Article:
Comprehensive Dental Care for Cats & Dogs
Routine dental care is an important part of cats' and dogs' health. But most pets do not receive the oral hygiene care they need to keep their teeth and gums healthy.
We provide complete dental care for your pet at our Fremont animal hospital. This ranges from basic dental exams, teeth cleanings, and polishing, to dental x-rays and surgeries.
We also make it a point to educate pet owners on how to care for their pets' teeth at home.
Dental Surgery in Fremont
We understand how stressful it can be to learn that your pet requires dental surgery. We work hard to make this process as stress-free as possible for both you and your pet.
We'll do everything we can to make your pet's stay with us as pleasant and easy as possible. Before the procedure, we will go over each step of the procedure with you in detail. This includes the preparation and post-operative care requirements.
For dogs and cats, we provide jaw fracture repair surgeries, tooth extractions, and gum disease treatment.
Pet Teeth Cleaning & Exams
Your dog or cat should have a dental examination at least once a year as you do. Pets who are more prone to dental problems than others may need more frequent visits.
Ace Animal Hospital is capable of assessing, diagnosing, and treating dental health issues in cats and dogs.
If you notice any of the following symptoms in your pet, it's time for a dental checkup.
- Tartar buildup
- Loose and/or broken teeth
- Extra teeth or retained baby teeth
- Bleeding from the mouth
- Bad breath
- Pain or swelling in or around the mouth
- Reduced appetite or refusal to eat
- Abnormal chewing, drooling or dropping food from the mouth
- Discolored teeth
Before the dental exam, your pet will undergo a thorough pre-anesthetic physical examination.
We will take blood and urine analyses to ensure it's safe for your pet to undergo anesthesia. Additional diagnostics, such as chest radiographs or an ECG may also be conducted.
Once your pet is sedated, we will perform a thorough oral examination (tooth by tooth) and charting.
The teeth are then cleaned and polished (including beneath the gum line), and we take x-rays. Each tooth is then given a fluoride treatment.
Finally, we apply a dental sealant to prevent plaque from adhering to the enamel. If we find advanced periodontal disease, the vet will devise a treatment plan and consult with you on it.
A follow-up exam should ideally be scheduled two weeks after the initial evaluation and treatment.
During this visit, we will talk about how to brush your teeth at home. We can also recommend products that will help your pet's oral health.
FAQs About Pet Dental Care
Here are some of the most frequently asked questions about pet dental care from our patients.
- Why do pets need their teeth cleaned?
Poor oral health can lead to periodontal disease or tooth decay in our pets.
When animals eat, plaque sticks to their teeth, and if not brushed away regularly, it can harden into tartar.
This can result in oral infections, periodontal disease, tooth decay, and even loose or missing teeth. That is why regular dental care is critical for preventing gum pain and disease.
- How can I tell if my pet has oral hygiene issues?
Did you know that behavior can be an indicator of oral health issues? If your pet has dental problems, you may notice them drooling more than usual (which may contain pus or blood) or pawing at their mouth or teeth. They may also yawn excessively, grind their teeth, or fail to groom well.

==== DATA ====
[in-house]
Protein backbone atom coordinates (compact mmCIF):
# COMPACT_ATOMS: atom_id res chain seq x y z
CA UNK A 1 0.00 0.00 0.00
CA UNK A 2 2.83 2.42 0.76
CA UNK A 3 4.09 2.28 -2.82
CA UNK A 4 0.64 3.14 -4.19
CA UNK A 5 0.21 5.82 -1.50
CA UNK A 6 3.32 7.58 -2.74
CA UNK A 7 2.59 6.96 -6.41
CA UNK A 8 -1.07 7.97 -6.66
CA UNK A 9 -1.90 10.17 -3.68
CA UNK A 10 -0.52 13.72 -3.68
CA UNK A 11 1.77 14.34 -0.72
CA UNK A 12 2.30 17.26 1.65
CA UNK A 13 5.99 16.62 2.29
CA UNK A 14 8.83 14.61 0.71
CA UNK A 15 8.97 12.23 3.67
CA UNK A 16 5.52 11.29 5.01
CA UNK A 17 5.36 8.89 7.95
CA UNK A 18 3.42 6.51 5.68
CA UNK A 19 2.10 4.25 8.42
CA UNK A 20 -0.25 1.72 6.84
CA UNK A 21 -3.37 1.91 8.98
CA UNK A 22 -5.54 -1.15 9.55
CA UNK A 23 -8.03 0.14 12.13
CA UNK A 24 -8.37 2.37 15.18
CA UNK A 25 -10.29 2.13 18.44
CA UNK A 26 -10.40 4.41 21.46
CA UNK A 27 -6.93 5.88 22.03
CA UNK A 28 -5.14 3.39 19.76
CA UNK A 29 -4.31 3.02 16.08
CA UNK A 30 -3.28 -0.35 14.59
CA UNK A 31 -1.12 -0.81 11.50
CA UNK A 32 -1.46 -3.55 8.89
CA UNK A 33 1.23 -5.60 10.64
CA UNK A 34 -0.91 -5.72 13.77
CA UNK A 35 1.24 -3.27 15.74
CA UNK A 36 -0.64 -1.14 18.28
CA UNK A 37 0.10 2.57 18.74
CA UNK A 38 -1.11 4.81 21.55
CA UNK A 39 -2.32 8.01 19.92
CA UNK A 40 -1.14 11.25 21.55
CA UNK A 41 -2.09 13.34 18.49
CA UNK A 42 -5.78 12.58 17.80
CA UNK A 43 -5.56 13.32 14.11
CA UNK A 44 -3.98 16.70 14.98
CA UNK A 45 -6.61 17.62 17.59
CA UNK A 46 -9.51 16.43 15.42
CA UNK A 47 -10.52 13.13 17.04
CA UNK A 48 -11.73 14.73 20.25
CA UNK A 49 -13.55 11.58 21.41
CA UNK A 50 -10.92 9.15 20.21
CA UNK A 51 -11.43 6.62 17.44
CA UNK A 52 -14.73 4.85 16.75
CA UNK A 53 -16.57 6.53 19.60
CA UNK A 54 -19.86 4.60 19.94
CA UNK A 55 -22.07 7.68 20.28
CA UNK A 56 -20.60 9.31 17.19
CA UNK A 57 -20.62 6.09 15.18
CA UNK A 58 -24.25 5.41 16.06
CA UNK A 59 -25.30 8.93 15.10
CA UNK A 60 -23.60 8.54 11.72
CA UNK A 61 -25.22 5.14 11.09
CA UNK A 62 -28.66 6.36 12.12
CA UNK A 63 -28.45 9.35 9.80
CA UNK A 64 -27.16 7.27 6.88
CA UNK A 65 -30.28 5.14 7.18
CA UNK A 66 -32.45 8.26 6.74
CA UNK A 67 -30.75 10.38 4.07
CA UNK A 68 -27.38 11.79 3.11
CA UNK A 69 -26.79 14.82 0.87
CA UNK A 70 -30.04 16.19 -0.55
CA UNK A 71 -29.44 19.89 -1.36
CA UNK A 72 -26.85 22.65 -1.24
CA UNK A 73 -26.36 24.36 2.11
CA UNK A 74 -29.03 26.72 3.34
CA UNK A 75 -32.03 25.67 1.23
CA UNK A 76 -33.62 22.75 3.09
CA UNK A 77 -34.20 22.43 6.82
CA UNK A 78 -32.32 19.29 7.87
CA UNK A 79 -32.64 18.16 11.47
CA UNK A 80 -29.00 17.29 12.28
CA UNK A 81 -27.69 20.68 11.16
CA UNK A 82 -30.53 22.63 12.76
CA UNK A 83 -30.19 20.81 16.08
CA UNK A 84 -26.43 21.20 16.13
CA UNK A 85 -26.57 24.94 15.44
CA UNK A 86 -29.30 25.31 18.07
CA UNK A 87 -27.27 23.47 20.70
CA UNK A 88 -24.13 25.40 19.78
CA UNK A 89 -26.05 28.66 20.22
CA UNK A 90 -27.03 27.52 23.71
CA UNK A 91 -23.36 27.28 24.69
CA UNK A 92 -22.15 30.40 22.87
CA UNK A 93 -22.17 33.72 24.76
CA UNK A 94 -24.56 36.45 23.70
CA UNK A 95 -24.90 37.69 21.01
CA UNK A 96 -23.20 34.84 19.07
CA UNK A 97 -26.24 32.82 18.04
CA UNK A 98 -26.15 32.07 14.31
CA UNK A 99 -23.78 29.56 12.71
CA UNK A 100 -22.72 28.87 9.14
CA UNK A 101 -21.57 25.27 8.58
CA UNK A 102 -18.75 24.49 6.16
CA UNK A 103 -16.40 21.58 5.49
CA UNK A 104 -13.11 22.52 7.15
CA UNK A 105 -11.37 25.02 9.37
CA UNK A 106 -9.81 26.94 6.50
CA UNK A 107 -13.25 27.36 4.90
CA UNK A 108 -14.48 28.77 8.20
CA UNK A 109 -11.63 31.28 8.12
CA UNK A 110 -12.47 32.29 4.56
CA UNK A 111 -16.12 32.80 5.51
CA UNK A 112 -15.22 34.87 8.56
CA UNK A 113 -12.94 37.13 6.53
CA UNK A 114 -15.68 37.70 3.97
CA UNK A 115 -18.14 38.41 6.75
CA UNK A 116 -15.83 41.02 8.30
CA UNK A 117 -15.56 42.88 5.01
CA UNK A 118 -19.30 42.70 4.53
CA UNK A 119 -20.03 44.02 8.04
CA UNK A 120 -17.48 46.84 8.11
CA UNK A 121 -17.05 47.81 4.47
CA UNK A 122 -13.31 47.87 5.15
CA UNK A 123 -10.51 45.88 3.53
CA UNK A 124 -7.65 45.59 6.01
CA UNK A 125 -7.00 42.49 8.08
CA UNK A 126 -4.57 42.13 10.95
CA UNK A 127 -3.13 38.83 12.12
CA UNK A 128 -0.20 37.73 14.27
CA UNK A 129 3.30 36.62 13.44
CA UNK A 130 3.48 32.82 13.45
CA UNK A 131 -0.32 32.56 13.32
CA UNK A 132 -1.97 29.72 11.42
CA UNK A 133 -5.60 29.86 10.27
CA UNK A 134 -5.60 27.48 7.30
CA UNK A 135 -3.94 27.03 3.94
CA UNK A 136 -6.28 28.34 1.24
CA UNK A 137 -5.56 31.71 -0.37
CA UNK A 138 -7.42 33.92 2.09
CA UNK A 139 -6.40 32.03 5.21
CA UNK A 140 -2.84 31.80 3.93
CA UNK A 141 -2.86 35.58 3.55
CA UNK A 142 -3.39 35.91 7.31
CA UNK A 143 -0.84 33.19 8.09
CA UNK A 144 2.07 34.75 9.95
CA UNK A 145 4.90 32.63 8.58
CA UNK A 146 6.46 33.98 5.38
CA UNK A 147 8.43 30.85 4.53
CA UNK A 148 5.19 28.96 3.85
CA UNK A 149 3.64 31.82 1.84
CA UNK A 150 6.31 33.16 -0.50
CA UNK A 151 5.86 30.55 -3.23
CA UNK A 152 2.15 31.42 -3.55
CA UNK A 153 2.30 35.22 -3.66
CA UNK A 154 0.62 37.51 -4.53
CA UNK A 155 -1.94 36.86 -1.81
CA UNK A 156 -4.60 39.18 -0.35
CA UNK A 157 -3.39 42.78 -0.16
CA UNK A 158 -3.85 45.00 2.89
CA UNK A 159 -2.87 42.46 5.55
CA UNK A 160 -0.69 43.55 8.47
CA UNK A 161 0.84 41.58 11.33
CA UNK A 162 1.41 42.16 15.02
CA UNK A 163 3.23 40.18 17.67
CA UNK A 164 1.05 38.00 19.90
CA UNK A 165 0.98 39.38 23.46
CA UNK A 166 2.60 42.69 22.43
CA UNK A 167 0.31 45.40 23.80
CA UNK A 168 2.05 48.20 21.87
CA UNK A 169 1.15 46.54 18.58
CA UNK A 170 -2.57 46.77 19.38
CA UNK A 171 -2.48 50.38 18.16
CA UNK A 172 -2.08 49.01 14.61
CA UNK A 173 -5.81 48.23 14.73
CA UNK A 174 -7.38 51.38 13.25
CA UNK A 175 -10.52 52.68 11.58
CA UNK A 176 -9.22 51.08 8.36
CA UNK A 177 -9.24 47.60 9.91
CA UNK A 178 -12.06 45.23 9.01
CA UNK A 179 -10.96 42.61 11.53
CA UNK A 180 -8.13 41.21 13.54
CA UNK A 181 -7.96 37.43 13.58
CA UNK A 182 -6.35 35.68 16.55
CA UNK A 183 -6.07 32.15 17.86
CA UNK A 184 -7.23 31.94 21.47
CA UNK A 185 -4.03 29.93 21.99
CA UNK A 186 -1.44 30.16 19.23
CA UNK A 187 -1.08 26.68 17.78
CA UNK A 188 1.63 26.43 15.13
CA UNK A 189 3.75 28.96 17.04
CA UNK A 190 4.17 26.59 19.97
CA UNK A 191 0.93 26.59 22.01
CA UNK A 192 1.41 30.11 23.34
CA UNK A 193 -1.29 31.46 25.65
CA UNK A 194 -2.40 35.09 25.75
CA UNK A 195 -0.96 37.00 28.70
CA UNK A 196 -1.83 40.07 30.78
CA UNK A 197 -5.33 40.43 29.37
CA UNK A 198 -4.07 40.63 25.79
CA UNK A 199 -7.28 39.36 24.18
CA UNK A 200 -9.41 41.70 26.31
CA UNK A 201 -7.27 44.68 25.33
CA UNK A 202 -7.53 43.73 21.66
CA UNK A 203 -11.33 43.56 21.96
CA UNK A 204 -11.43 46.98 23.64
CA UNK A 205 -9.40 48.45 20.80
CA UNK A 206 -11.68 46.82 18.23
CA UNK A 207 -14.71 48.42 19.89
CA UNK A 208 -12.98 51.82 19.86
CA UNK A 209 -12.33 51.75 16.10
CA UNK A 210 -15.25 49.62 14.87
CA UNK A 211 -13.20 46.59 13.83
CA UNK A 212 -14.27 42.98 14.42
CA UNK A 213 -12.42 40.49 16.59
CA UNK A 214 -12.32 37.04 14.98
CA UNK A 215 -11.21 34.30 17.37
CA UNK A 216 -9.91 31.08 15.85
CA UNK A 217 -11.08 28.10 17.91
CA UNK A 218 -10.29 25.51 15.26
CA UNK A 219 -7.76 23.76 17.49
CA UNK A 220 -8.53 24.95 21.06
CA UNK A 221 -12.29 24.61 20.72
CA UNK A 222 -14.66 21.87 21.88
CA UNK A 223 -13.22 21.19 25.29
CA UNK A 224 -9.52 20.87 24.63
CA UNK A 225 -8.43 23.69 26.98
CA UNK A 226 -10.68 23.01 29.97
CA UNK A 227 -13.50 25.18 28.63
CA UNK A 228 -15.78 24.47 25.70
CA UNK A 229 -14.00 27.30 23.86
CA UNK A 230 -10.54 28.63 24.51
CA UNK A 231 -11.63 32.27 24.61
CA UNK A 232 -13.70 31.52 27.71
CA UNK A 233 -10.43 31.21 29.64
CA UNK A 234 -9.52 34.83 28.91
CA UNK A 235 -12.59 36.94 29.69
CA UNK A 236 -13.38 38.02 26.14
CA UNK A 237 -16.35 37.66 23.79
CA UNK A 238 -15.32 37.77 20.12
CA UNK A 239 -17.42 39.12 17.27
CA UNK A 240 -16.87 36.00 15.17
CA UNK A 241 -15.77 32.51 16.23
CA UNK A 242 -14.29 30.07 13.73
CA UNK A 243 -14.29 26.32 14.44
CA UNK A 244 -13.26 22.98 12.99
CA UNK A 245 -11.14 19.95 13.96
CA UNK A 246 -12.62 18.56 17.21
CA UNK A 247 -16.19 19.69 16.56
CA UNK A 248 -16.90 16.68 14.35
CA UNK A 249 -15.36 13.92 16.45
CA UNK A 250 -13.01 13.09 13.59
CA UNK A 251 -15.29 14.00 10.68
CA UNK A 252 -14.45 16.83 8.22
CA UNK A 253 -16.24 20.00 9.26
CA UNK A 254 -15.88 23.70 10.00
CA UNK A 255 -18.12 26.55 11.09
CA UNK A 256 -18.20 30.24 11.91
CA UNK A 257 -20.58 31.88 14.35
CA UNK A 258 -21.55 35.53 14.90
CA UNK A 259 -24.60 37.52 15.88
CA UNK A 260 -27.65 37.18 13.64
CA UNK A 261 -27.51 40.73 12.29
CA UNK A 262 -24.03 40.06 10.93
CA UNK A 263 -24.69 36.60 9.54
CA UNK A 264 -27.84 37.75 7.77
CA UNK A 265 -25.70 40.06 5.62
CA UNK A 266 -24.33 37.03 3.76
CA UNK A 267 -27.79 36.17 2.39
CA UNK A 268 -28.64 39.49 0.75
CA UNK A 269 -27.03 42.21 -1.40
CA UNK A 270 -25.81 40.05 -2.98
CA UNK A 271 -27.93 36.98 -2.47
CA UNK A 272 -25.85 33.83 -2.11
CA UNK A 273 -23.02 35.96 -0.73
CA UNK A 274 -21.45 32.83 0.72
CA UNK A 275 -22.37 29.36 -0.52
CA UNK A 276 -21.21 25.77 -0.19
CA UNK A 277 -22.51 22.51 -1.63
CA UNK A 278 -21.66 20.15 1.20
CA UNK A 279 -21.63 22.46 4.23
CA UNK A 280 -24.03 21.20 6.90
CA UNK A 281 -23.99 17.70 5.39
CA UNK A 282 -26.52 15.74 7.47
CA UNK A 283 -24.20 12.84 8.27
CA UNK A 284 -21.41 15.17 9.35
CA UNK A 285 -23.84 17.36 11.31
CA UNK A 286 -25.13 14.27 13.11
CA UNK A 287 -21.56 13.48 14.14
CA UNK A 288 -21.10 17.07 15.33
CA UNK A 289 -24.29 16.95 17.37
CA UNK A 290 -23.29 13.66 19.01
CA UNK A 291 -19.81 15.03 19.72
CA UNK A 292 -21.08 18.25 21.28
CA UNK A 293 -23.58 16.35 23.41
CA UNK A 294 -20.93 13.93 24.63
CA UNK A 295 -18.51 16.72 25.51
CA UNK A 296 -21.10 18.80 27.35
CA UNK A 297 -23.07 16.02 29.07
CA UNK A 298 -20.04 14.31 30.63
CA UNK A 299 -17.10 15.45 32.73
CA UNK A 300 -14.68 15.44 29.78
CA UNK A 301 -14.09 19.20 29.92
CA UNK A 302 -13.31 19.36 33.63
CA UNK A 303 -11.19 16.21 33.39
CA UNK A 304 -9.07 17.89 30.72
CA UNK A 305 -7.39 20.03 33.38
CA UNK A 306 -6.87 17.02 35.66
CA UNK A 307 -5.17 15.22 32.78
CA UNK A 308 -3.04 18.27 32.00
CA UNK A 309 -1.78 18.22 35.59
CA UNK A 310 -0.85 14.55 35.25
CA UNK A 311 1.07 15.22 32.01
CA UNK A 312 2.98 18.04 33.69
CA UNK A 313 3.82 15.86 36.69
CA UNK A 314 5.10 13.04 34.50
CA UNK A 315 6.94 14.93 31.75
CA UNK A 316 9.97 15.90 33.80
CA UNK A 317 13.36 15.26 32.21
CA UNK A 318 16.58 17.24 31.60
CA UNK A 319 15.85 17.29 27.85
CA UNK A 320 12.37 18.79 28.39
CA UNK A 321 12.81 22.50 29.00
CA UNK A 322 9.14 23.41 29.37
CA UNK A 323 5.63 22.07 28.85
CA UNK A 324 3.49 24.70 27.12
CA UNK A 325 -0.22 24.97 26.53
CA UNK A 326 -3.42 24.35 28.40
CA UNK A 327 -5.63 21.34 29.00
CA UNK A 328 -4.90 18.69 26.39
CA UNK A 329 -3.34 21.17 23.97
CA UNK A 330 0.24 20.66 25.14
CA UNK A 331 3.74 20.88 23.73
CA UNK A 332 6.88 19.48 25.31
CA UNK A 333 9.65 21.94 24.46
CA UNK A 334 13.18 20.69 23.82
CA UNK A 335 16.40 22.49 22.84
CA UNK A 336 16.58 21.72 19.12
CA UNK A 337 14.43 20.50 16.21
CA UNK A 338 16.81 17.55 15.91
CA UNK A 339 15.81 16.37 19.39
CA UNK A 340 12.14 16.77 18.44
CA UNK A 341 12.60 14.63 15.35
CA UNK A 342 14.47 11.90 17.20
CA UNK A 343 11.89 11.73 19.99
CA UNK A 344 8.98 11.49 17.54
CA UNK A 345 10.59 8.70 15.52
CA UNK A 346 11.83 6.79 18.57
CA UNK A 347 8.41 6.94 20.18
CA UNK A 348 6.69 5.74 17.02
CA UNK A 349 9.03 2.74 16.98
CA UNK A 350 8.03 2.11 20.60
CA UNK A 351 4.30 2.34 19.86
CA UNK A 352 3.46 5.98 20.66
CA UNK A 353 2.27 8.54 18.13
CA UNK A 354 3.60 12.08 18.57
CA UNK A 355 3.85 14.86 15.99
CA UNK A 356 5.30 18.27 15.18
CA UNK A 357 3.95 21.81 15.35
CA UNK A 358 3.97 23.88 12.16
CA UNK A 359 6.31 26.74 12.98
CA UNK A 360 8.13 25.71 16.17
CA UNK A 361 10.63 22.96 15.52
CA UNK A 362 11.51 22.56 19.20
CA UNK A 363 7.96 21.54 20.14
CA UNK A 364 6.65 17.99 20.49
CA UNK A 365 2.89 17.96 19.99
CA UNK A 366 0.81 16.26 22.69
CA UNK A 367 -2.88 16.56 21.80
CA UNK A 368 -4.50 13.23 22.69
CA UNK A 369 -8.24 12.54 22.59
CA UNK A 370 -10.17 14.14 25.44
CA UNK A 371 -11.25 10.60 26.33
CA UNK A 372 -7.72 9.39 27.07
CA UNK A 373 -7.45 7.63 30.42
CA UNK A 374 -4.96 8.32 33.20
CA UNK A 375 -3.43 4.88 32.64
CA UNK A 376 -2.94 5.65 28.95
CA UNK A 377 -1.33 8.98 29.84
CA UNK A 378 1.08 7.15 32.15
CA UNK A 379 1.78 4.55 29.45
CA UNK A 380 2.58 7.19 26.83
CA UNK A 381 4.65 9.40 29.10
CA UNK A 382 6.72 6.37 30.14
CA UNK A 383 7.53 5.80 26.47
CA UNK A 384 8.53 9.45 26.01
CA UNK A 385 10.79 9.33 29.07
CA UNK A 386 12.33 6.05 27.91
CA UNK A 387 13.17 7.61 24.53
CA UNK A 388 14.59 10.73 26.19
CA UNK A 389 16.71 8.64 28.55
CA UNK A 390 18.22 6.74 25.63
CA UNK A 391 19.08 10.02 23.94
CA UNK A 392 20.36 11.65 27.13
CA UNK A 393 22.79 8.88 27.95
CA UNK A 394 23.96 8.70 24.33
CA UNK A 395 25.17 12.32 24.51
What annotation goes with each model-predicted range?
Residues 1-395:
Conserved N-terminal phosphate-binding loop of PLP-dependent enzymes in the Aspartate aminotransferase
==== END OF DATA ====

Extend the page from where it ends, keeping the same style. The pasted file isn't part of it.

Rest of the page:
Bad breath, swollen gums, and tooth discoloration are other signs of oral health problems.
Some pets may even experience pain that prevents them from eating. You can find more information about symptoms on the left under Pet Teeth Cleaning & Exams.
- What long-term problems can poor oral health potentially cause in my pet?
Oral health issues and conditions can lead to disease in the liver, kidney, heart, and other areas throughout your pet's body.
Cysts or tumors may form. Your pet may also be feeling under the weather in general (if you've ever had a toothache, you know how it can affect your mood!). Diseases associated with oral health conditions can shorten your pet's life and cause significant pain.
This is why regular dental care is so important for the physical health and well-being of animals.
- What happens during a pet tooth cleaning appointment?
During your pet's routine oral exam, the vet will examine his or her mouth for oral health conditions or any symptoms that need treatment.
The vet removes tartar and other debris from your cat's or dog's teeth. If cavities, gingivitis, or other conditions need attention, the veterinarian will explain them to you and advise you on what steps to take.
Surgery may be needed in some cases to treat serious conditions. We will administer anesthesia before the dental procedure to ensure that they are comfortable and pain-free. Special care is necessary following surgery.
If you notice any of these symptoms, schedule a dental appointment with us.
- What should I do at home to keep my pet’s teeth clean between dental appointments?
Brushing your pet's teeth and providing dental chew toys should happen regularly at home. These will aid in the removal of plaque.
Allow them to chew on things that will harm their teeth, such as bones, toys, or hard objects. If you have any questions or concerns about your pet's oral health, always contact your vet.
Veterinary Dentistry: Anesthesia & Your Pet's Oral Health
Cats and dogs do not understand what is going on during dental procedures and can react by biting or struggling.
Our Fremont vet provides anesthesia to all our patients before performing dental procedures. This reduces stress on the animals and enables us to x-ray their mouths as needed.